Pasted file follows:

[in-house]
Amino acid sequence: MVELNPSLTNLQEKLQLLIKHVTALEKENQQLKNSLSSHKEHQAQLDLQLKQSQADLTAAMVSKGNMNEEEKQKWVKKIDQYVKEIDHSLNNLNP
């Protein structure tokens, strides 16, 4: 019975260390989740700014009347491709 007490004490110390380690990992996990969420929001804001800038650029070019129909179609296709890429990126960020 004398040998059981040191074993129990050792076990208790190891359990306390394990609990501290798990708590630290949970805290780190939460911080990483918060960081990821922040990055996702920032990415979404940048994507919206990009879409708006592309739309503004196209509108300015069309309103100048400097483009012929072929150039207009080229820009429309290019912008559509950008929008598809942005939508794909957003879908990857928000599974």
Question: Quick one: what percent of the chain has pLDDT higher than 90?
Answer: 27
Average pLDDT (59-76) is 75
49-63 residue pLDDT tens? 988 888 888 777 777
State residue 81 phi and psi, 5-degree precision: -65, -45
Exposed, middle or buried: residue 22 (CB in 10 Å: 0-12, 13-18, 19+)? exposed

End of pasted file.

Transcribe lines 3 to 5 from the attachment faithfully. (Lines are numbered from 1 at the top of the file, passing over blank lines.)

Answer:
């Protein structure tokens, strides 16, 4: 019975260390989740700014009347491709 007490004490110390380690990992996990969420929001804001800038650029070019129909179609296709890429990126960020 004398040998059981040191074993129990050792076990208790190891359990306390394990609990501290798990708590630290949970805290780190939460911080990483918060960081990821922040990055996702920032990415979404940048994507919206990009879409708006592309739309503004196209509108300015069309309103100048400097483009012929072929150039207009080229820009429309290019912008559509950008929008598809942005939508794909957003879908990857928000599974």
Question: Quick one: what percent of the chain has pLDDT higher than 90?
Answer: 27